China’s government is worried about a new threat to Chinese cultural heritage: the use of wordplay.
An order announced last week by China’s State Administration for Press, Publication, Radio, Film and Television says,
“Radio and television authorities at all levels must tighten up their regulations and crack down on the irregular and inaccurate use of the Chinese language, especially the misuse of idioms.”
In no uncertain terms, the officials warned against the casual alteration of idioms (ie. figures of speech) in the Chinese language, saying it could lead to, “cultural and linguistic chaos.”
The announcement added that idioms are,
“…one of the great features of the Chinese language and contain profound cultural heritage and historical resources and great aesthetic, ideological and moral values.”
But it’s this very fact that has so many people up in arms about the new regulations.
“That’s the most ridiculous part of this: [wordplay] is so much part and parcel of Chinese heritage,”
says David Moser, who works in CET Chinese studies (a language department) at Beijing Capital Normal University.
The Guardian cites a few examples of Chinese wordplay:
“When couples marry, people will give them dates and peanuts – a reference to the wish Zaosheng guizi or “May you soon give birth to a son”. The word for dates is also zao and peanuts are huasheng… “
“In a tourism promotion campaign, tweaking the characters used in the phrase jin shan jin mei – perfection – has turned it into a slogan translated as “Shanxi, a land of splendours.”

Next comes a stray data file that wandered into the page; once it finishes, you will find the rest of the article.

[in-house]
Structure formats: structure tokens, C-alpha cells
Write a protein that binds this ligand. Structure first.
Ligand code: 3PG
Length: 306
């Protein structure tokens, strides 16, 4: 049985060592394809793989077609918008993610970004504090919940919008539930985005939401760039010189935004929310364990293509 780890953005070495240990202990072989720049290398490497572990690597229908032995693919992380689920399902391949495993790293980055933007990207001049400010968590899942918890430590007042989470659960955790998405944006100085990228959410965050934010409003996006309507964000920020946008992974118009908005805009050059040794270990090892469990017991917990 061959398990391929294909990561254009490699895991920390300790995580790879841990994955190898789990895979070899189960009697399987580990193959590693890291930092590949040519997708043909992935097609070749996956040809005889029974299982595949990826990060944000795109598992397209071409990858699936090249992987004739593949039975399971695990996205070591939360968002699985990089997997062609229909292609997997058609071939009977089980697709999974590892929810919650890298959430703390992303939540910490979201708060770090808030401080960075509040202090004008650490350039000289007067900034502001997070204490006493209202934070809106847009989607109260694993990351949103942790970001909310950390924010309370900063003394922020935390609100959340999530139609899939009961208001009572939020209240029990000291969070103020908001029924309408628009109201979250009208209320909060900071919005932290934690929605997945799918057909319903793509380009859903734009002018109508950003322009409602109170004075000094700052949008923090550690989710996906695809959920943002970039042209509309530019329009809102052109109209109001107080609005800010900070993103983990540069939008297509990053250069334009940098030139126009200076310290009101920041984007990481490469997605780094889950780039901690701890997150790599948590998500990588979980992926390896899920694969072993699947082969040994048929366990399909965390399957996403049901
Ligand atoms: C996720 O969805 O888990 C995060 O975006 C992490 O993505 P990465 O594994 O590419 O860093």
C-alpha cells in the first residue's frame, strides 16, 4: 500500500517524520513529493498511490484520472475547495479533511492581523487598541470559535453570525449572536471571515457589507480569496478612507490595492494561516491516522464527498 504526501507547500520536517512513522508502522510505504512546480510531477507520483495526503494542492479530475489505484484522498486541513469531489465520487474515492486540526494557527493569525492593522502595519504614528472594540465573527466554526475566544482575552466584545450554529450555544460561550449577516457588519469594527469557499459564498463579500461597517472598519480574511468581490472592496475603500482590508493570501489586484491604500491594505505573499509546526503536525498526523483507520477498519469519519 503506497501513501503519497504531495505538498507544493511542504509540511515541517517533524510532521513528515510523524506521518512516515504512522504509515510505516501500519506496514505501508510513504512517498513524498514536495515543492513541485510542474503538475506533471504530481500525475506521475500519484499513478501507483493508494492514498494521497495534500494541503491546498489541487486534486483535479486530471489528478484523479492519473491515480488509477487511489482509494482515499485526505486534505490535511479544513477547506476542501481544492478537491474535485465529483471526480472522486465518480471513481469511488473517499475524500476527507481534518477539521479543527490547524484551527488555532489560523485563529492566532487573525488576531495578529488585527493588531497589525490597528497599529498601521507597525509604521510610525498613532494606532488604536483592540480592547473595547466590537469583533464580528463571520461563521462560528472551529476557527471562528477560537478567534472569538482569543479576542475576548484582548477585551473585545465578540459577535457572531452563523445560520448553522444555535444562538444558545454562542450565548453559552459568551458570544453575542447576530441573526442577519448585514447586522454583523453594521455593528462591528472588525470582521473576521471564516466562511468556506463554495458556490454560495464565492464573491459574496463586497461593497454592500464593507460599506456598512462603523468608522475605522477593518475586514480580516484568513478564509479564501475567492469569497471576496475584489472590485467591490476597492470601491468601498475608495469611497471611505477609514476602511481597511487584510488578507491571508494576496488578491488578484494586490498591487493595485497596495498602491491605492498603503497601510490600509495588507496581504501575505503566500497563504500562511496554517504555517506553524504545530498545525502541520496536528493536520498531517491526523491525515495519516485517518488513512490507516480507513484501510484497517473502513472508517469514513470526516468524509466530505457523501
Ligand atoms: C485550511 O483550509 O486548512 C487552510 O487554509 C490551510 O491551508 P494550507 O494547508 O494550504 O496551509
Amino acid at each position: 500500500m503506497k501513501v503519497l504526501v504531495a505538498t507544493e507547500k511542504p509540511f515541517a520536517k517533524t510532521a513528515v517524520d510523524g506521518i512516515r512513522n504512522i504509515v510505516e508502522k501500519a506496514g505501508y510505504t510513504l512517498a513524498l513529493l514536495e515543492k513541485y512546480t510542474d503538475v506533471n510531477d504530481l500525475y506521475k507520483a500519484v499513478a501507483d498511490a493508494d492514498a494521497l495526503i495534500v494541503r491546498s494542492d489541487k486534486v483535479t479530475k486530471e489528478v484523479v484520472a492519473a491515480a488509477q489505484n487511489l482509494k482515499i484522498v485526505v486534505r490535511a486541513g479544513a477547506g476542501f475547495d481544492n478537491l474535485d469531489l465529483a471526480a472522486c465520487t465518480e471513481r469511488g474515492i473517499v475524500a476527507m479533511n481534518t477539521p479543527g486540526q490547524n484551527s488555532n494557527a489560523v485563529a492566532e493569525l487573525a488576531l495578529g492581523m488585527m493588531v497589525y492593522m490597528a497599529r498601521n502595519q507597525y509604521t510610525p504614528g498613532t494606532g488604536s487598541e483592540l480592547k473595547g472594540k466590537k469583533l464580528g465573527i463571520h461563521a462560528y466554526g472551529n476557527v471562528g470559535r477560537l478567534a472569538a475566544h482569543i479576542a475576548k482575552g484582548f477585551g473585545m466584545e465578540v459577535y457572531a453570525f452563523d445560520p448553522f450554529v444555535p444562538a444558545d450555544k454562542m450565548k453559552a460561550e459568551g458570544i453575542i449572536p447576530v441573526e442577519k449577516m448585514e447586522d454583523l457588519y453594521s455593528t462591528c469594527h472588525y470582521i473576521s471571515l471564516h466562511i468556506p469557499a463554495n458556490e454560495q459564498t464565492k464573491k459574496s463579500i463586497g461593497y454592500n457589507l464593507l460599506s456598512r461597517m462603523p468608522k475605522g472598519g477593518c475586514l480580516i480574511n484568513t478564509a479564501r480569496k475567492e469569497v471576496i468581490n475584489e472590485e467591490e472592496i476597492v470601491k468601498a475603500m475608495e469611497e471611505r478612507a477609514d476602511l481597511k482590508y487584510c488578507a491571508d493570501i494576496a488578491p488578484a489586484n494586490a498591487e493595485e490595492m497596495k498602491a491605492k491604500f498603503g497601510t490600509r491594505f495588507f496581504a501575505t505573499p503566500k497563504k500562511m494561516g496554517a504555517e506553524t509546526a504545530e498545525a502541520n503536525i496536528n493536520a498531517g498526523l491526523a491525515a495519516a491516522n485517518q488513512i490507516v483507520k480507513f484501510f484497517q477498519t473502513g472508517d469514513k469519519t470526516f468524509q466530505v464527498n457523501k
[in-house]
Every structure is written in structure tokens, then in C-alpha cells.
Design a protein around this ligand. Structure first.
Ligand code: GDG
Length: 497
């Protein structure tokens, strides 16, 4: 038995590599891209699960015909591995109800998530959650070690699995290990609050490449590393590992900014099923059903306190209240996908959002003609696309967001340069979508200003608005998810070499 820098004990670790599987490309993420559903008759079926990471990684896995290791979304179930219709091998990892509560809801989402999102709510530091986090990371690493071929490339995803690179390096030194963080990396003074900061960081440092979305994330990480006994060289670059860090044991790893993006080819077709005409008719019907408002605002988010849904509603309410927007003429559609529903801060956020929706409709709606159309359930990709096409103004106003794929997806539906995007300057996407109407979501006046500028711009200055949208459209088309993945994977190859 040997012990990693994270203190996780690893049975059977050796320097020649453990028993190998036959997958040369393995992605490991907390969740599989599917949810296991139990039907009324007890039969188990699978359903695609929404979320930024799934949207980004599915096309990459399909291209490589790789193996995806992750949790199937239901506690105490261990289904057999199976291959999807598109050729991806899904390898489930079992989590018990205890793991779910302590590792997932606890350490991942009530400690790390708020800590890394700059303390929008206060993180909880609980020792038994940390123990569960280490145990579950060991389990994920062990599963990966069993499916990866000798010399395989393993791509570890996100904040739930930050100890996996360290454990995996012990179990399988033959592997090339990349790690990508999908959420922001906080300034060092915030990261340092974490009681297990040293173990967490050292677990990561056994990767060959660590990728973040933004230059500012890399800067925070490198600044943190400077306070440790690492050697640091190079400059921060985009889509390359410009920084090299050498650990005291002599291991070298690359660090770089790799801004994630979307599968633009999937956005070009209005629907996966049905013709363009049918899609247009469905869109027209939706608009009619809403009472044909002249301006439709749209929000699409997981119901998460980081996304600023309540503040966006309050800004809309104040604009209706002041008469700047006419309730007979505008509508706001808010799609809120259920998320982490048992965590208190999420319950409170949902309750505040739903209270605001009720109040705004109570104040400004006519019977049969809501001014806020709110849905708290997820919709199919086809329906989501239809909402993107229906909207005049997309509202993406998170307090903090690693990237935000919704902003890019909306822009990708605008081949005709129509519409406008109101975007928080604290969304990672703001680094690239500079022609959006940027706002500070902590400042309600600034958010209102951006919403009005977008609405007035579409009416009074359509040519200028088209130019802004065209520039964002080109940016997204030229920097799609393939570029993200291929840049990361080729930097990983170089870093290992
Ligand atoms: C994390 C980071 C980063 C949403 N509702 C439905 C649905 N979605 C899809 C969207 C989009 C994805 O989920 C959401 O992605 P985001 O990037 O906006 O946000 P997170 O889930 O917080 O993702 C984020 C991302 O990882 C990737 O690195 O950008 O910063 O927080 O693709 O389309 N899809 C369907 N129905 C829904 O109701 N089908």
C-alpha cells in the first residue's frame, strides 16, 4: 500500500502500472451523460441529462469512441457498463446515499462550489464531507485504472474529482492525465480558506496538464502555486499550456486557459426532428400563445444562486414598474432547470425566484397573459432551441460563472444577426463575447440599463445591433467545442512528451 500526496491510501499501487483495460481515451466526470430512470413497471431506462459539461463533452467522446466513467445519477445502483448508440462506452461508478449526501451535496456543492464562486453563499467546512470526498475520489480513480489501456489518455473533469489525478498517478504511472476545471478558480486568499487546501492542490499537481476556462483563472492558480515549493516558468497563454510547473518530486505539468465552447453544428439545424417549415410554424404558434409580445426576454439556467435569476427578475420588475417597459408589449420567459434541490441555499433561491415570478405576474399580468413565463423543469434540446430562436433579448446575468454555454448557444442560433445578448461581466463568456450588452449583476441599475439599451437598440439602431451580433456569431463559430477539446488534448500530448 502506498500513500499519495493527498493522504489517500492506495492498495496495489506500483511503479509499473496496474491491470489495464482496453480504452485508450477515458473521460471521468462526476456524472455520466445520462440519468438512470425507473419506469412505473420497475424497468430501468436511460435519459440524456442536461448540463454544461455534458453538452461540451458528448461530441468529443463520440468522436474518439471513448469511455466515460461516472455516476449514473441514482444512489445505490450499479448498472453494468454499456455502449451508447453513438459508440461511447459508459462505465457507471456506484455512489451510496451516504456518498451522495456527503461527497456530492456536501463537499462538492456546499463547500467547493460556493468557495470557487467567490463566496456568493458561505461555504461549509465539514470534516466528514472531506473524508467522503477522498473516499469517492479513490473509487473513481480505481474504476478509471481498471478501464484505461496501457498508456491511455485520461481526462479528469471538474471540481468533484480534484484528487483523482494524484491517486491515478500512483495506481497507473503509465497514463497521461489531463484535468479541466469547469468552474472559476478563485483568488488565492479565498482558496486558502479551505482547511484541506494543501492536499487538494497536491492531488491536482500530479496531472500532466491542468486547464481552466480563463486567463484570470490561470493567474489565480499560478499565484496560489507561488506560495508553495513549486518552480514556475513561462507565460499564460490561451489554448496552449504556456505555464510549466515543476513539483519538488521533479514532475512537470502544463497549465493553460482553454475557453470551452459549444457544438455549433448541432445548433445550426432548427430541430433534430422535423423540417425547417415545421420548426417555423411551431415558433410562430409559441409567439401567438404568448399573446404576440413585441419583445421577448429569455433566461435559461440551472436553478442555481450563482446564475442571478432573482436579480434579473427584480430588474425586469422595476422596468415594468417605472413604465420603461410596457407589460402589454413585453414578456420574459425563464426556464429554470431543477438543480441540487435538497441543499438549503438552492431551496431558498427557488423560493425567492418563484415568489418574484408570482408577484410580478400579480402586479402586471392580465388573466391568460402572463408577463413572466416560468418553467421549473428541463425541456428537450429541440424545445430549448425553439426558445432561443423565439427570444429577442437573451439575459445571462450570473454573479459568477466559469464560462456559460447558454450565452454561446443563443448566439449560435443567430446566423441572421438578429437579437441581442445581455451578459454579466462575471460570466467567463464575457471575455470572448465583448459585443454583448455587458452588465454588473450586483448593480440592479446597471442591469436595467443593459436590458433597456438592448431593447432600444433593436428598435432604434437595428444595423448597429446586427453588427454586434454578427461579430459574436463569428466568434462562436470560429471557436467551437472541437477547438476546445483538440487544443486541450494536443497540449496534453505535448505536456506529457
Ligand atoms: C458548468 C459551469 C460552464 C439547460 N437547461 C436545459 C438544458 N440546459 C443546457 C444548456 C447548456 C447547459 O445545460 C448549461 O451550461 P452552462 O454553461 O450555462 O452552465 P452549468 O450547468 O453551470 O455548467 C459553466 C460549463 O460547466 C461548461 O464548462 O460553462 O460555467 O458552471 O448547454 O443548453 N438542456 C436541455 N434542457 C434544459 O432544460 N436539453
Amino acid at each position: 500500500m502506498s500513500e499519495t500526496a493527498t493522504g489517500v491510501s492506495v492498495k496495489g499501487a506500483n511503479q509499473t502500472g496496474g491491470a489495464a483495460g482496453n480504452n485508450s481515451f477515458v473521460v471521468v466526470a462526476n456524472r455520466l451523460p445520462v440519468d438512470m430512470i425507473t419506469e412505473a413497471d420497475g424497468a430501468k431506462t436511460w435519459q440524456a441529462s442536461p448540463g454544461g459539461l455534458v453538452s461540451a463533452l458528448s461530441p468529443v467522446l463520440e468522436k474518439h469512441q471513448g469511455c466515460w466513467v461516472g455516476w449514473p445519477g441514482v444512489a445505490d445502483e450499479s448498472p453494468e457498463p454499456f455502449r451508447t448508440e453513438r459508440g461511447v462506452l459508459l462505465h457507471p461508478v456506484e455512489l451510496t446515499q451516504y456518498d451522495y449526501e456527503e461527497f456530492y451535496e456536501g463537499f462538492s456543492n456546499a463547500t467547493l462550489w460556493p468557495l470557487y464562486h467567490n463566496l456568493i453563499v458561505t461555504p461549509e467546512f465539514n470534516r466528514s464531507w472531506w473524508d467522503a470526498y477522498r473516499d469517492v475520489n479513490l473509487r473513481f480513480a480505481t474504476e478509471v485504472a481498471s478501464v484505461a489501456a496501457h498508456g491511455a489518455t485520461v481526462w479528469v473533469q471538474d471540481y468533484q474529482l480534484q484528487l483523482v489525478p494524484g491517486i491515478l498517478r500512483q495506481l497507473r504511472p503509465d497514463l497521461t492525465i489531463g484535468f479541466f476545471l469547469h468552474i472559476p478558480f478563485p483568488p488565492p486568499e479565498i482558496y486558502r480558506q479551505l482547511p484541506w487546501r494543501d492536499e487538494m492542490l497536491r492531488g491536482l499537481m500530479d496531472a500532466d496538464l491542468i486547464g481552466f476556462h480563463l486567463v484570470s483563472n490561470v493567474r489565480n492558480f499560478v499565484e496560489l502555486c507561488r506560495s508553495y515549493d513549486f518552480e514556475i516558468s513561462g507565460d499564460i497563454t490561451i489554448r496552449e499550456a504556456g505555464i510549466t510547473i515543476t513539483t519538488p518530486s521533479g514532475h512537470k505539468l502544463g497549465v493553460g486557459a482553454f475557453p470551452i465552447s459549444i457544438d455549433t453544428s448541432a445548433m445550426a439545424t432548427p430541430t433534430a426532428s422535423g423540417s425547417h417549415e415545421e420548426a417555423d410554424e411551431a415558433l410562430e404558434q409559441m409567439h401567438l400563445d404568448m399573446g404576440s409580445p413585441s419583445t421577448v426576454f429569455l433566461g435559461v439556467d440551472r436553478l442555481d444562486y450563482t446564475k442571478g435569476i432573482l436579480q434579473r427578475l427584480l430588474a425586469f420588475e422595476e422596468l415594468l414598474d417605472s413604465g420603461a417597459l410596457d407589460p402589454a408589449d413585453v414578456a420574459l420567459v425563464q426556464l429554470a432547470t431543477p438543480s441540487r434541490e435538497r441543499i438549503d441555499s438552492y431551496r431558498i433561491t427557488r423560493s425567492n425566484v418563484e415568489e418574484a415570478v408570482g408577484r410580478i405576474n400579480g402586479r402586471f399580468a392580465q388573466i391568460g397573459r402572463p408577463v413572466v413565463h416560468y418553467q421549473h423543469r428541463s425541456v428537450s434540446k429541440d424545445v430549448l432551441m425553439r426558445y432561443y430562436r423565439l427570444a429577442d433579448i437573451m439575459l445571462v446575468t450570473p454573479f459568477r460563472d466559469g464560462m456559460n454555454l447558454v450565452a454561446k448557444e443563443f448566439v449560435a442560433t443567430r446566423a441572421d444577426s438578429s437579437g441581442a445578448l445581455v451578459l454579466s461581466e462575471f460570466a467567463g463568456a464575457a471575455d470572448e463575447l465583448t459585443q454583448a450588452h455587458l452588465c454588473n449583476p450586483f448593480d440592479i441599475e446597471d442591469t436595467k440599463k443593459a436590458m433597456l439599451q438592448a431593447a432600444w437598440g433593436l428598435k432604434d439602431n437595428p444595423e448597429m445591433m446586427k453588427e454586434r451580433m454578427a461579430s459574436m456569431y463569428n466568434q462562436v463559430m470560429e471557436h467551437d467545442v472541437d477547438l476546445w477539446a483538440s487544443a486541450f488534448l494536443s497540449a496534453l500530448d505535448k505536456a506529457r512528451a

Wordplay and puns have also become increasingly popular on Chinese social media as a way to avoid China’s internet censors.
So why is China making this move now? Well, the government cites complaints from TV viewers and radio listeners, but David Moser has his own theories:
“It could just be a small group of people, or even one person, who are conservative, humourless, priggish and arbitrarily purist, so that everyone has to fall in line. But I wonder if this is not a preemptive move, an excuse to crack down for supposed ‘linguistic purity reasons’ on the cute language people use to crack jokes about the leadership or policies. It sounds too convenient.”
Whatever the reason, it will be interesting to see how China will go about enforcing these rules – filtering all that wordplay will pundoubtably be one heck of a pundertaking. See what I did there?? Ok sorry I’ll stop…
Read the original story from The Guardian.